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Electrode Implant Surgery

AnonymousUserAAnonymousUser Posts: 49,550
edited 06/11/2012 - 7:27 AM in Pain Management
Having electrodes (2) implanted today to manage the chronic pain profile I have outlined in (my) Medical History. I do have reservations about this, as anytime the epidural is being punctured the risk of infection, leakage and the resultant "worst headache-in-the-world" are possible complcations.
Would love to hear from anyone that has had this done--percent effectivity, complications, etc...

George (Paramarine) Whitehead


  • George , I haven't had this done but I at least wanted to pop in and welcome you to Spine Health. You will find a ton of support and understanding from our amazing members here. If there is anything that I can help you with then please just let me know. I wish you the best of luck on your procedure and please post back when you can with an update....take care....Miki
  • Alas! The leads could not be located properly due to boney structure--fused bone graphs over vertebrae--at least not without removal of some of these stabilizing fragments. So on we go...

    Has anyone else had these same issues? If so, were you able to go to the next step?

    George (Paramarine) Whitehead
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  • Are you talking about the SCS - spinal cord stimulator? I'm unfamiliar with electrodes other than this. I just got my permanent SCS and love it. Doc had problems with the procedure, though, due to scar tissue and some anomaly with my spine. Did you have a thoracic MRI prior to this procedure (I'm assuming they tried to implant in your thoracic region)?

  • Congrats on a successful SCS technique! Wonder how your team was able to work-around the scar tissue/bony-growth obstacles for lead implants...? They could NOT get the leads low enough to affect the right nerves--I did get the chest-buzz, ribs, etc...but what level I need is the hips and groin. Yes, I had an MRI just prior (1 week old) to surgery/trial--but there was too much interference for normal location.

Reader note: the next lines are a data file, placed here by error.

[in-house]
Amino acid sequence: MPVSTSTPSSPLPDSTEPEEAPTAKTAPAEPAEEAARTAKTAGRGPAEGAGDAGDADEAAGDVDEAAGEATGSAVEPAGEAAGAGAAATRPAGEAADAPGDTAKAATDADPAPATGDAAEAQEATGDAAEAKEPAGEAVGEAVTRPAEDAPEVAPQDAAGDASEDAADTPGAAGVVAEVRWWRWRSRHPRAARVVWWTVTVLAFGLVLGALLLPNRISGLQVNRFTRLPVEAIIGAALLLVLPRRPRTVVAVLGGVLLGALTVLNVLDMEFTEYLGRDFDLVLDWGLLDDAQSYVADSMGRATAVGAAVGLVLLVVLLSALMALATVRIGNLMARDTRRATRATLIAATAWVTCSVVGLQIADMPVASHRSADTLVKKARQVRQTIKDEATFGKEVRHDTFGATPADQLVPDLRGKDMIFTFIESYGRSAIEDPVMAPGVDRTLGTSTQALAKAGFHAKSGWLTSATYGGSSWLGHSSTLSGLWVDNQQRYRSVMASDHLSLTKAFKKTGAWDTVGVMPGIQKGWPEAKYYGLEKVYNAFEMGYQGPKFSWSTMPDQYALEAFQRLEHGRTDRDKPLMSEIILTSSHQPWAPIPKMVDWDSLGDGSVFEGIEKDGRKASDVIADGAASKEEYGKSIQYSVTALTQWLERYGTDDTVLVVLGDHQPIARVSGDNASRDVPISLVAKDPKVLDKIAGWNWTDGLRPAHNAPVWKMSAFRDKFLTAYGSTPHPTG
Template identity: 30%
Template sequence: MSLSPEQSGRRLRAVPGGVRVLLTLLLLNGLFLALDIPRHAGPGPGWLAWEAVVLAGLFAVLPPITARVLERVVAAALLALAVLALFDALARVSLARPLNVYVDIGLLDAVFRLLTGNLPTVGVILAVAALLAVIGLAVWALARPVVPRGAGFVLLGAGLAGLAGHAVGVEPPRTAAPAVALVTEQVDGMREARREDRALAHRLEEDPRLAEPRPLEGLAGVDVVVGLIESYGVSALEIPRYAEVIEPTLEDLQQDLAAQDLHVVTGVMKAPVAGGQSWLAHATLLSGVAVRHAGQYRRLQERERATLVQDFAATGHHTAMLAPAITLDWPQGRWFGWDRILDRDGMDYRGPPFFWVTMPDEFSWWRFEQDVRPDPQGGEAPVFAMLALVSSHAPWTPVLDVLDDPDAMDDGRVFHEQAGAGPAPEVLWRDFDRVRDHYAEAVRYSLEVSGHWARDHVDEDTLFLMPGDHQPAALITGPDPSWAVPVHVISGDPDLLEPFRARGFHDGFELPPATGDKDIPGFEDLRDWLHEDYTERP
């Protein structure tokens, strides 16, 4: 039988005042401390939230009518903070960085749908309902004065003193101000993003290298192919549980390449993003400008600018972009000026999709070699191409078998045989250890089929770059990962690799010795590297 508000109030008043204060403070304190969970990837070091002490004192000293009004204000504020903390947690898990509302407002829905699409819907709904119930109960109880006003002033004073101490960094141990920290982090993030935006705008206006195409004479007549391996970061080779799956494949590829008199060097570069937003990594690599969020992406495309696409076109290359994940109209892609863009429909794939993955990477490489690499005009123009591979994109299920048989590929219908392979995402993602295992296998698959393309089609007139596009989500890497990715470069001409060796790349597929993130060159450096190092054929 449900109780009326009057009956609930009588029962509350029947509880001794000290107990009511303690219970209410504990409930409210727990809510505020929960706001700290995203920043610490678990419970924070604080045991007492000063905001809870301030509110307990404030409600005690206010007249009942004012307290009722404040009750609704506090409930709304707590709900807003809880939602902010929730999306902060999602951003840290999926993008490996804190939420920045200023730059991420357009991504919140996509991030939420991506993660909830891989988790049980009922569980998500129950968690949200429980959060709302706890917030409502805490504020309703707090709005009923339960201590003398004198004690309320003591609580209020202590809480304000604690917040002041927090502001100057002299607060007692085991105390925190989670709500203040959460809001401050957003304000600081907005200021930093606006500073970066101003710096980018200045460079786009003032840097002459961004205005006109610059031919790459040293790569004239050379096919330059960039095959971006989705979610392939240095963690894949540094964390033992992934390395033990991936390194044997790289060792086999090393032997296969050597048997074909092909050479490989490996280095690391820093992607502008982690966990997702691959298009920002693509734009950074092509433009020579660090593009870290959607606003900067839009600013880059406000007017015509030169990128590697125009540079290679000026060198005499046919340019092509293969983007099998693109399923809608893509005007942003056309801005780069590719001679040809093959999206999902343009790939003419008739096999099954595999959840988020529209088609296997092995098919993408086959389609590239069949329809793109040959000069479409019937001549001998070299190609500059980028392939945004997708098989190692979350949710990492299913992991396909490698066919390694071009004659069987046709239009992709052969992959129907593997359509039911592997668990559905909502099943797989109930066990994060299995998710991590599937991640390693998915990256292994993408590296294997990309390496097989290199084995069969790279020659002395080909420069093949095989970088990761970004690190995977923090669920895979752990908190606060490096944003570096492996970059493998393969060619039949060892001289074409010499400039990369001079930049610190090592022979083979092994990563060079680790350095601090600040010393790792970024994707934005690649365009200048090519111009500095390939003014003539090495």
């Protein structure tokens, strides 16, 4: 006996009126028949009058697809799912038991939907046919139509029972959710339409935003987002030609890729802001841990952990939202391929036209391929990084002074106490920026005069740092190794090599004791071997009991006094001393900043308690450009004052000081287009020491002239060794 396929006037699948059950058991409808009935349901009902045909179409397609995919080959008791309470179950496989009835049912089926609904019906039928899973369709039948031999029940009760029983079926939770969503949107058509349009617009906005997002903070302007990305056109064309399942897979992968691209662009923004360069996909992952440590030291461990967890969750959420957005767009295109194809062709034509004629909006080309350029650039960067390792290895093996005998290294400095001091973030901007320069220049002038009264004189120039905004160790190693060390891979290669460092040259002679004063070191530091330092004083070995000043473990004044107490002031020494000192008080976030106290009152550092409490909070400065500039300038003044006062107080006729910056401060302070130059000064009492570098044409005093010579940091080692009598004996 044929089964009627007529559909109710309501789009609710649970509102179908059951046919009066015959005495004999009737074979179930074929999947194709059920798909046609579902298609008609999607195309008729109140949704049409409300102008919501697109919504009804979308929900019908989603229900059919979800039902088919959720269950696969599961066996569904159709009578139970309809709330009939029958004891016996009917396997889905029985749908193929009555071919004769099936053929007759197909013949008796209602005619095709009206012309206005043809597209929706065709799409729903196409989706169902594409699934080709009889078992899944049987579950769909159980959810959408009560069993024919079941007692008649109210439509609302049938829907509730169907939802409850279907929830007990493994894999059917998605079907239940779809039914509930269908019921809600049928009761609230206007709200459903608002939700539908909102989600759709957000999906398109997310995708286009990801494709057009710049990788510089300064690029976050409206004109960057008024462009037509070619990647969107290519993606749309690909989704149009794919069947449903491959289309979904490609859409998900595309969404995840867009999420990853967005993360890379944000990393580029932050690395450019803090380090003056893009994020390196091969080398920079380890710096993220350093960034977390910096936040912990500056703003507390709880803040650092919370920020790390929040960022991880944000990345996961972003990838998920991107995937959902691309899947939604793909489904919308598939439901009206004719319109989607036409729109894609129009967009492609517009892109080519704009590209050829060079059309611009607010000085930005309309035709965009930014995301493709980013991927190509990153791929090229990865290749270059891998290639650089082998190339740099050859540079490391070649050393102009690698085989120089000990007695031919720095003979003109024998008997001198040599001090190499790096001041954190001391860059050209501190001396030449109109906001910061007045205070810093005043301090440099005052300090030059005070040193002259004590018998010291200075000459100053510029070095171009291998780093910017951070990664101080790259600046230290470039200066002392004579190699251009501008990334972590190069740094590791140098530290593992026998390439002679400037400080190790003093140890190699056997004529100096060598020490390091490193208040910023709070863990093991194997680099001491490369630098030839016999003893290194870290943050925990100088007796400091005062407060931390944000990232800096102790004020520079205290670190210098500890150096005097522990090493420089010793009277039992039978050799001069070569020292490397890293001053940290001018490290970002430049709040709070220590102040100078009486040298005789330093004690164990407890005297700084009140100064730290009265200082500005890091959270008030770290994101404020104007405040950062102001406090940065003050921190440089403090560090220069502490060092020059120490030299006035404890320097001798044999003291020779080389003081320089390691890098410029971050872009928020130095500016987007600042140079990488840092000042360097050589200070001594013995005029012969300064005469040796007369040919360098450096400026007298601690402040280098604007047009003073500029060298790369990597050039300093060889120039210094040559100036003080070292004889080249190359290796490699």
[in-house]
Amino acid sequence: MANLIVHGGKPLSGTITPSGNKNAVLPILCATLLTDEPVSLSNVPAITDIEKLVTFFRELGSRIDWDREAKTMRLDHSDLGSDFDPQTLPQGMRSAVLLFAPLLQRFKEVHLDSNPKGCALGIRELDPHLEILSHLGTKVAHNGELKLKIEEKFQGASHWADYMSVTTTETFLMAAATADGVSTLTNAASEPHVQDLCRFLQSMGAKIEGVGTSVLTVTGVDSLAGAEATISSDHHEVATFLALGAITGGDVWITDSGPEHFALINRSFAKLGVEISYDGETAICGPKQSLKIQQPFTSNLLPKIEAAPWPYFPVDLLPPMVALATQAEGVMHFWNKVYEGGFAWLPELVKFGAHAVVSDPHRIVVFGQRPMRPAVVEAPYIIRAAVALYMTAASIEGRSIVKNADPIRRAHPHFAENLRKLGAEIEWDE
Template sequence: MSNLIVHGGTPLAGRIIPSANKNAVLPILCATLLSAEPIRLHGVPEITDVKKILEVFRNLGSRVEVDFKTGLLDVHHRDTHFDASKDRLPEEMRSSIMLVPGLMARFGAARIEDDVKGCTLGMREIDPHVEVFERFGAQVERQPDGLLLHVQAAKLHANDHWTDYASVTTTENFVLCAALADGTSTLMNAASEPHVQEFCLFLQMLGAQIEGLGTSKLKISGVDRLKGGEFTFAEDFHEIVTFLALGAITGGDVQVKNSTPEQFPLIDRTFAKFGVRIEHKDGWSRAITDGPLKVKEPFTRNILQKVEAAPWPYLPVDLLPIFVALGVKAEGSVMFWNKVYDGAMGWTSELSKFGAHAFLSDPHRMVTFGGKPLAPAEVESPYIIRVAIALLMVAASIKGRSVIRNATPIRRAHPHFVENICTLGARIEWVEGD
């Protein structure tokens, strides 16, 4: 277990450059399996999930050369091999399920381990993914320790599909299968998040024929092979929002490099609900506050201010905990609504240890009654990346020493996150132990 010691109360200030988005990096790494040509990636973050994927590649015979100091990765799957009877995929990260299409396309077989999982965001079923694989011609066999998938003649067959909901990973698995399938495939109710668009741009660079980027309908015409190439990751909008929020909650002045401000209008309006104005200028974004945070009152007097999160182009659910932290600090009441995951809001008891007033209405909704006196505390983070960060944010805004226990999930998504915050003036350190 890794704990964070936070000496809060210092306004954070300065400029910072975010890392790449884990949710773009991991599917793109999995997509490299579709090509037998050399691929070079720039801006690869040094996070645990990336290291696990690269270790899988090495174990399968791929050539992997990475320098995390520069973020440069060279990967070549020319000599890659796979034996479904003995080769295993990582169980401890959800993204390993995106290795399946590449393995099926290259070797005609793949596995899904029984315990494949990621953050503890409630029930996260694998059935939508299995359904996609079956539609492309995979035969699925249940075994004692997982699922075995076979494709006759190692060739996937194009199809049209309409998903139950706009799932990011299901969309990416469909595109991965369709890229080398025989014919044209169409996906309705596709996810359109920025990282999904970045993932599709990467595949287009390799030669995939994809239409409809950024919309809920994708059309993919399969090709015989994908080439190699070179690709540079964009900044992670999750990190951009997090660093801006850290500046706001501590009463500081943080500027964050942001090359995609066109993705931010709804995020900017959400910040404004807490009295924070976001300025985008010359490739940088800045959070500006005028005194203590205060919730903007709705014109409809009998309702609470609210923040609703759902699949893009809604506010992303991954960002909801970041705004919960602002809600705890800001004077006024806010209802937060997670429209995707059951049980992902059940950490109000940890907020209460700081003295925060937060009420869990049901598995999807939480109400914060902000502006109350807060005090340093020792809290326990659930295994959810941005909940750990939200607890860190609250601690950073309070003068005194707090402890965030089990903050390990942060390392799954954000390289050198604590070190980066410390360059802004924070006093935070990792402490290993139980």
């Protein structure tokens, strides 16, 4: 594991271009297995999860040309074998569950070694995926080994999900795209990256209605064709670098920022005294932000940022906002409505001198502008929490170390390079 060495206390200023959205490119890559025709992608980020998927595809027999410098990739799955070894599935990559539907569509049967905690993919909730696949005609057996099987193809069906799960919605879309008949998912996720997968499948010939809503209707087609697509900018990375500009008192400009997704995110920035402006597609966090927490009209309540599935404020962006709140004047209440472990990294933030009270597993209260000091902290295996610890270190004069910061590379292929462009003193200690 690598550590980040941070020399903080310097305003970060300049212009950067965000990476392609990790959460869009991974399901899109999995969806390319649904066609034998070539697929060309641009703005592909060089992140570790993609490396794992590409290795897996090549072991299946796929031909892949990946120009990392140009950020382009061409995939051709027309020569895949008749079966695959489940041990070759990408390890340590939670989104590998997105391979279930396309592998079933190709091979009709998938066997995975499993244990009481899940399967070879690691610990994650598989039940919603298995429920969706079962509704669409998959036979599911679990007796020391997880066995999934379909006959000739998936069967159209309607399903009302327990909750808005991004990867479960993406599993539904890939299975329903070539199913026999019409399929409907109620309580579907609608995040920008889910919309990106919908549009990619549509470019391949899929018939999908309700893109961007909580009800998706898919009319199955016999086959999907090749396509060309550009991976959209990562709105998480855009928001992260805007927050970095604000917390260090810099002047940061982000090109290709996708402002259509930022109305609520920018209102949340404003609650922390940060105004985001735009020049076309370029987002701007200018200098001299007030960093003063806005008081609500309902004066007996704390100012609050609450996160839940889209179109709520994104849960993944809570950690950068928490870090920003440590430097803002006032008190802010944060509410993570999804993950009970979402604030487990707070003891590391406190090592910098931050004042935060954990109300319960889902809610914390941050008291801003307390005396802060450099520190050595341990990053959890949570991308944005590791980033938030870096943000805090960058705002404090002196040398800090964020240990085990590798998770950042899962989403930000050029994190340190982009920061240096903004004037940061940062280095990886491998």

Will meet with the doc this week to discuss alternatives. Wonder if they could use surgical (open-up a length of the cord vs. simple lead install with radiological mapping) technique that would allow the removal of specific interference, etc...?
    If anyone else has any ideas--please send 'em!!!
  • I am having my MRI on Tuesday to see if this is an option for me. I have not had any back surgery even though I ruptured discs about 13 years ago. At the time I was living in California and Loma Linda wanted to do fusion, but a reknowned neurosurgeon said with my scoliosis, stenosis, degenerative disc disease and my allergy to steroids, I was not a good candidate for surgery. I have been managing with pain meds and now cannot take any since I have developed an allergy to every class.
    I have gone to a pain clinic here in Washington state, and the doctor said "I was in a pickle." He is the one who suggested these inplants as the only thing he could think of to do.